Artist and educator Paul Soulellis on creating urgent artifacts, radical DIY publishing, and a call to document this moment.
It’s mid-May and I’m about 58 days into my quarantine. The word “quarantine” comes from quarantena, in old Venetian, meaning 40 days, which was how long ships were required to be isolated before passengers and crew could go ashore during the bubonic plague. And although we’ve been contained, there’s something about this initial period of our own collective quarantena, those first 40 days in March and April, that for me was as much about mobilization as it was restriction. In that moment of slowing down, when 40 days felt like a year, we learned so much about how artists and designers can organize in crisis, through call and response. So what I’m writing about here is a contradiction, of sorts: how to get to work—urgently—during a shutdown.
In crisis, we must organize. As businesses and schools closed in early spring 2020, and we started isolating ourselves and retreating to the screen, we saw a dazzling amount of mutual aid efforts beginning to circulate. It seemed like they appeared overnight, but they were built onto networks that had been fortified over time, way before COVID-19. Like many of us, what I felt most was fear, but also, below the fear, motivation. It was time to get to work, directing energy towards those who already and always carry the largest burdens, in our own communities and beyond.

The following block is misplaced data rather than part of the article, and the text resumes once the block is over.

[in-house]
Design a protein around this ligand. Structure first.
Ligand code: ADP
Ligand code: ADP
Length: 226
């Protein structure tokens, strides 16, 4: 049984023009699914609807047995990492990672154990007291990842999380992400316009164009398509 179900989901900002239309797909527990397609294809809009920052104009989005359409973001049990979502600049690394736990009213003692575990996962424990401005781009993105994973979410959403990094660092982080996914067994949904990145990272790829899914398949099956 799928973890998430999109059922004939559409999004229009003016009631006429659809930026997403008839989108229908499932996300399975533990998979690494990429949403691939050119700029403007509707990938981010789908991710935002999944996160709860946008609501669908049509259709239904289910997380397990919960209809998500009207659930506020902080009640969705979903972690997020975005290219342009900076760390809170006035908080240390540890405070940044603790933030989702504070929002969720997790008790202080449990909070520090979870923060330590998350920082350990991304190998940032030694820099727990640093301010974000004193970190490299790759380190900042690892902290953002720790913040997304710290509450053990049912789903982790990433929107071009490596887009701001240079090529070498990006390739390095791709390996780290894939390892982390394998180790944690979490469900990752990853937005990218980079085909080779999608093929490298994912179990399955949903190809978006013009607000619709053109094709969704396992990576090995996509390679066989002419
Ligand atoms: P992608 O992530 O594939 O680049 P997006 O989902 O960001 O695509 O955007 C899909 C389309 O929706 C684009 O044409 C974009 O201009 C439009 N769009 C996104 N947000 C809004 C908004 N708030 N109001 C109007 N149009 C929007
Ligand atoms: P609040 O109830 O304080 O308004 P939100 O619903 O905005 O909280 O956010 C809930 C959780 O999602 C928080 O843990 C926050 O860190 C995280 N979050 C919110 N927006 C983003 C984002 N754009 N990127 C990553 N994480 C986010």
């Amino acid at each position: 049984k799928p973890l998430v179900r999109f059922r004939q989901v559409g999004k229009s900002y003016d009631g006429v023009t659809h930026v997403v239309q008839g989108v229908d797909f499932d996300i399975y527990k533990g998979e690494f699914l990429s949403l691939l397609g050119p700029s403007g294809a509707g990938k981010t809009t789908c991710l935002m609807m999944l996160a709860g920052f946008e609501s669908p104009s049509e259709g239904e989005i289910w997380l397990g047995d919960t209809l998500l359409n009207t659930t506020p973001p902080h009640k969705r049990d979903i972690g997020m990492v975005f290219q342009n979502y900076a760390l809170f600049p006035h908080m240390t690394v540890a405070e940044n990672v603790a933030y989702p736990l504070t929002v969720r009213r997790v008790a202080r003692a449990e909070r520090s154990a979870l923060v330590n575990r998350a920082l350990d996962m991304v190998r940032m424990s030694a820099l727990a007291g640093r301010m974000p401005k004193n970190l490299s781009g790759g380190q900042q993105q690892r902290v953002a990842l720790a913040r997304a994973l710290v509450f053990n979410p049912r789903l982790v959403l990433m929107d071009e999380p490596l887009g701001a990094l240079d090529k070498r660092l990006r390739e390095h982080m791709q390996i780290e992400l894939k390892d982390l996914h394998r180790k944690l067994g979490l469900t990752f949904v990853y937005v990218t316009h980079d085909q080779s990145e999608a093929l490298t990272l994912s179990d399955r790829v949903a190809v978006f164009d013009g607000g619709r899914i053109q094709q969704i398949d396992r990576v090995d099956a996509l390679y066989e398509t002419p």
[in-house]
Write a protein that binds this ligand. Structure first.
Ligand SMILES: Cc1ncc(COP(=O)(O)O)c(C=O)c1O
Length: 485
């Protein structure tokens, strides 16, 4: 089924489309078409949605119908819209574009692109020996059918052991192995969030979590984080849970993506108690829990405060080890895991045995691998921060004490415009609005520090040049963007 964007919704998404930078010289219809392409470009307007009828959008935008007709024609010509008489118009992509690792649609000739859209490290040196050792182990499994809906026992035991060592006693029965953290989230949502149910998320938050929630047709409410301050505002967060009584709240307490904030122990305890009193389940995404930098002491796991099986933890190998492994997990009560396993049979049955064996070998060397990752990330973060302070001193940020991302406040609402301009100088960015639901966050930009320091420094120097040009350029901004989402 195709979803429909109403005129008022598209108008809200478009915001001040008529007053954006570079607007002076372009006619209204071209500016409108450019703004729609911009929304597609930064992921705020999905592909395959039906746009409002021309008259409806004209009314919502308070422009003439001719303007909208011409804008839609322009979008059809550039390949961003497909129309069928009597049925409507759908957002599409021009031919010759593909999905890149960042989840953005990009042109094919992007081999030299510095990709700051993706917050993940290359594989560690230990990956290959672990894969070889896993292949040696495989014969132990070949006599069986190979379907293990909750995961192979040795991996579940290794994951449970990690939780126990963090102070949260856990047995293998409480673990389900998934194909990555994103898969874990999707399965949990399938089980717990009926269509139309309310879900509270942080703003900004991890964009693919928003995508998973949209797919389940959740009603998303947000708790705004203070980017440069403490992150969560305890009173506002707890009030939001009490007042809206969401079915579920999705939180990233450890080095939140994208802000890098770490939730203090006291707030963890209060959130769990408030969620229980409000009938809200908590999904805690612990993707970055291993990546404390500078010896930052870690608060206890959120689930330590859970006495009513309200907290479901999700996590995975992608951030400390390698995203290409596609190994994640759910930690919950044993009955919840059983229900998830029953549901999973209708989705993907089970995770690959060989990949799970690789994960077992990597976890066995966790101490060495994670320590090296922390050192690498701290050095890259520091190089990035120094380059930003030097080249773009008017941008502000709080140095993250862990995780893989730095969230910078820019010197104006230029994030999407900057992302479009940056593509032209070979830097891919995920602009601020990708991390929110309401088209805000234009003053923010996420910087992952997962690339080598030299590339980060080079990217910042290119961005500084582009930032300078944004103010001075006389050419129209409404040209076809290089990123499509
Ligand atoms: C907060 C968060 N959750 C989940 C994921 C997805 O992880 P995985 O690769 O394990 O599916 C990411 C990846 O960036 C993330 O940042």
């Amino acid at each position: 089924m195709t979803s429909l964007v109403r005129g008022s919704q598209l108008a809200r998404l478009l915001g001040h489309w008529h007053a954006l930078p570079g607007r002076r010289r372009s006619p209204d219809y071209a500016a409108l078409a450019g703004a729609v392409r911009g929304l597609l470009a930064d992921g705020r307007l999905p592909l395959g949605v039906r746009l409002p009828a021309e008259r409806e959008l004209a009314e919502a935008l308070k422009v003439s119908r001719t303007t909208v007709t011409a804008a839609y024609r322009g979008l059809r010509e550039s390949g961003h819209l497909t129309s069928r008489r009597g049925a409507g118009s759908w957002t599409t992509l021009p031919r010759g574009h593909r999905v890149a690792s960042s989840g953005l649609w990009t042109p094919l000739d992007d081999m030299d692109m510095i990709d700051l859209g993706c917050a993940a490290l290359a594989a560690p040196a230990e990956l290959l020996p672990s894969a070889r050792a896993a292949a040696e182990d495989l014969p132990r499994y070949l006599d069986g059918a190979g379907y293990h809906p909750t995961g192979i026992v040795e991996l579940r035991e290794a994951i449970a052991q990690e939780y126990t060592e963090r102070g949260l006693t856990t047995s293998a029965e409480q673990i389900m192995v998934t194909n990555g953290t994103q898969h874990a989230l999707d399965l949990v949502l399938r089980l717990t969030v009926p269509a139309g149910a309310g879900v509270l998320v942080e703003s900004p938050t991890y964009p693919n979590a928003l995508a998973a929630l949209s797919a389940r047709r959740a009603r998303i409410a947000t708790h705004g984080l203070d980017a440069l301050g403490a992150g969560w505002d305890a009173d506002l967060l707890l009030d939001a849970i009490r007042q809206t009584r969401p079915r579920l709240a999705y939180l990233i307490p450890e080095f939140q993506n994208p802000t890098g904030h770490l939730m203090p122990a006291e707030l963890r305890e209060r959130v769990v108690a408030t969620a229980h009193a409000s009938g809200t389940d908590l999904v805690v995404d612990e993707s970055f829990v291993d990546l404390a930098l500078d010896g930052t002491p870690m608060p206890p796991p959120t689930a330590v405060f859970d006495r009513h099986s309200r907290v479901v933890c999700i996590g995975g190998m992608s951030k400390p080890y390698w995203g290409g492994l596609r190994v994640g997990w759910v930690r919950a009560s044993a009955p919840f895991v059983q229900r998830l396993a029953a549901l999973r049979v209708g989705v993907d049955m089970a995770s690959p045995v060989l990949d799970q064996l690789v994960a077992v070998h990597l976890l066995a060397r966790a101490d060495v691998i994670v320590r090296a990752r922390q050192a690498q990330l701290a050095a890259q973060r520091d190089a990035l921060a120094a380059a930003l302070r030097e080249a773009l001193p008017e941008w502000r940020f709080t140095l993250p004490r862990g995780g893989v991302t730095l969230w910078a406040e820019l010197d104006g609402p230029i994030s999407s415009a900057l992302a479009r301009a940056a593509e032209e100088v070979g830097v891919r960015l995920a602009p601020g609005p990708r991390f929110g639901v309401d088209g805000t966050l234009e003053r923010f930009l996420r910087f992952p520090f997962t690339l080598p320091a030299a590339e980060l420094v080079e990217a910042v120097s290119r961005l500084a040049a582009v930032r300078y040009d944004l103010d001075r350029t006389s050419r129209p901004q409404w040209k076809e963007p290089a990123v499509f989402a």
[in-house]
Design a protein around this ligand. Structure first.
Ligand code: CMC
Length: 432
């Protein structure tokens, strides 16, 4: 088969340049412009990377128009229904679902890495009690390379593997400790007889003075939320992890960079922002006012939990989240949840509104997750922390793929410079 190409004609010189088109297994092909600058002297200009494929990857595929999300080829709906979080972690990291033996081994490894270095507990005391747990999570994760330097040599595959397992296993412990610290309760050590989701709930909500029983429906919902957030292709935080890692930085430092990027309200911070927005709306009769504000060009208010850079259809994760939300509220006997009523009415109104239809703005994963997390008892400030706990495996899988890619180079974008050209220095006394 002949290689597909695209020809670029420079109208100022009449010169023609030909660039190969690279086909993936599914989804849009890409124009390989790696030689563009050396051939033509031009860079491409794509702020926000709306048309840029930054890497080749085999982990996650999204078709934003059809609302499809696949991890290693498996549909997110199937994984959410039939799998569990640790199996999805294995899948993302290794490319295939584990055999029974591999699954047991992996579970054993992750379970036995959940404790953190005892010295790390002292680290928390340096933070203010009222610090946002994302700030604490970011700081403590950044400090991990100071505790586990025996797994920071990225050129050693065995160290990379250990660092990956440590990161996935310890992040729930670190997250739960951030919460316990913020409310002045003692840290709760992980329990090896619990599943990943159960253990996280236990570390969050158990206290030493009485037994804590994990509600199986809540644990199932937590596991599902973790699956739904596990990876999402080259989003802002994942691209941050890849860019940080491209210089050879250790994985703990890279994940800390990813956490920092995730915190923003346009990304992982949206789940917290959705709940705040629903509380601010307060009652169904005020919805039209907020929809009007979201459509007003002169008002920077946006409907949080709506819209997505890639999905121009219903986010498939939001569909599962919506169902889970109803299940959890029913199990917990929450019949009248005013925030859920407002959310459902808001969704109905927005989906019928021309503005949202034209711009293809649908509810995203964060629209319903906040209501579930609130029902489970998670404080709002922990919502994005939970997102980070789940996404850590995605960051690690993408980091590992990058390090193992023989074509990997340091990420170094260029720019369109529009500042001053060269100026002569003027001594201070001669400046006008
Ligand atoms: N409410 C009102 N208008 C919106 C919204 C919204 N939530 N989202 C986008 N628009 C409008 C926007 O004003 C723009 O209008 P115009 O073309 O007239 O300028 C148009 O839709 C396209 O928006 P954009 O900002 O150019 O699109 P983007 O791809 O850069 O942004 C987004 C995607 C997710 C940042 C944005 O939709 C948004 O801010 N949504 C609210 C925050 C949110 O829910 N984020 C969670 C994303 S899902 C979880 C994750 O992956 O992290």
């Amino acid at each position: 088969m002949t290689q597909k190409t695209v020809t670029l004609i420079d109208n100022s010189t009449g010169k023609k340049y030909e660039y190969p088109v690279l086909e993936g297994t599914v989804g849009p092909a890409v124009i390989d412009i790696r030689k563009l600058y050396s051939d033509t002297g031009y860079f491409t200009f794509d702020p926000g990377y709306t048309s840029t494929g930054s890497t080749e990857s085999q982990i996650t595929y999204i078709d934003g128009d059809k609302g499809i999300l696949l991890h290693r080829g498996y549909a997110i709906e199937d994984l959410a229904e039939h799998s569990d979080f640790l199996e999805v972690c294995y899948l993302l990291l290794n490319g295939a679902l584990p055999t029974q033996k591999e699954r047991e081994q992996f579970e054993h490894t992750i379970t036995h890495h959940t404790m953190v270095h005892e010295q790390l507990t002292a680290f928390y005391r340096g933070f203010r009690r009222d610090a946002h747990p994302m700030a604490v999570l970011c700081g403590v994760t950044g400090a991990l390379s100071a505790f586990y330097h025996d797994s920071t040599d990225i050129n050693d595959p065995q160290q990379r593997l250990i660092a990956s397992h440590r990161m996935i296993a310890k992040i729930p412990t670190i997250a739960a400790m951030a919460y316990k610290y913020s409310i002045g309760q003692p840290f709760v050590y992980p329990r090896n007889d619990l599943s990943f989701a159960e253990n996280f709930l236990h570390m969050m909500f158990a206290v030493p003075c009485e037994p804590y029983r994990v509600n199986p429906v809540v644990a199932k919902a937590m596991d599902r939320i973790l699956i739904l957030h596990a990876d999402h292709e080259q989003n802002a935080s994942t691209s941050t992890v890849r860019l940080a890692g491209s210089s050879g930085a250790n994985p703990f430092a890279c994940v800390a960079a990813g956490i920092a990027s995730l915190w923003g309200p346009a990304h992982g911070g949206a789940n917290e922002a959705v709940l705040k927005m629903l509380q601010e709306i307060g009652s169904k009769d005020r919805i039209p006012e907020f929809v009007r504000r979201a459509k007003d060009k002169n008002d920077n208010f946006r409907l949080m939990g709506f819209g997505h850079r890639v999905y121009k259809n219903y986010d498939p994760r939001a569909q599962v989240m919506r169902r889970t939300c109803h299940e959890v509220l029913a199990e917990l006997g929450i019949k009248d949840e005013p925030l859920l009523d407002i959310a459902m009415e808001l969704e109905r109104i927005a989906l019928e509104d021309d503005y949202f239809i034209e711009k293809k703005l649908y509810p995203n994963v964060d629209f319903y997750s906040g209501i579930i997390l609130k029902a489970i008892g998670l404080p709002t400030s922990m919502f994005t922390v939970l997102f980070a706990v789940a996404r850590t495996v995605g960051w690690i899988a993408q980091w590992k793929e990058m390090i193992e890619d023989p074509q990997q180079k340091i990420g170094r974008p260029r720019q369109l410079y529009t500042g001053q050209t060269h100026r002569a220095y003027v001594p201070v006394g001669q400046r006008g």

What does communal care look like in a moment of crisis? Solidarity, mobilizing networks of people within and across communities, connecting needs with resources, and the redistribution of assets—these are some of the inspiring mutual aid strategies we saw in action during the first few days of the pandemic.
In this declaration on March 13, the activist group Decolonize This Place wrote that the shutdown is “freeing up our time to find each other and build our own solidarity economy through mutual aid, education beyond schools, and work beyond wage servitude. You can call it ‘commoning-in-the-crisis.’” We need to remember this phrase, because it foregrounds something very specific about solidarity and coming together in urgent times: that we can work from shared, common positions, in common, and on common ground.
In the first days of quarantine, specific questions related to my own creative community came to mind, like: how can we provide relief to artists and writers being impacted by the crisis, in both creative and monetary forms? How should we collectively record and affirm the extraordinary conditions, language, emotions, and experiences before they evaporate? And how could my own practice learn from commoning-in-crisis, and adapt to become a better model of communal care?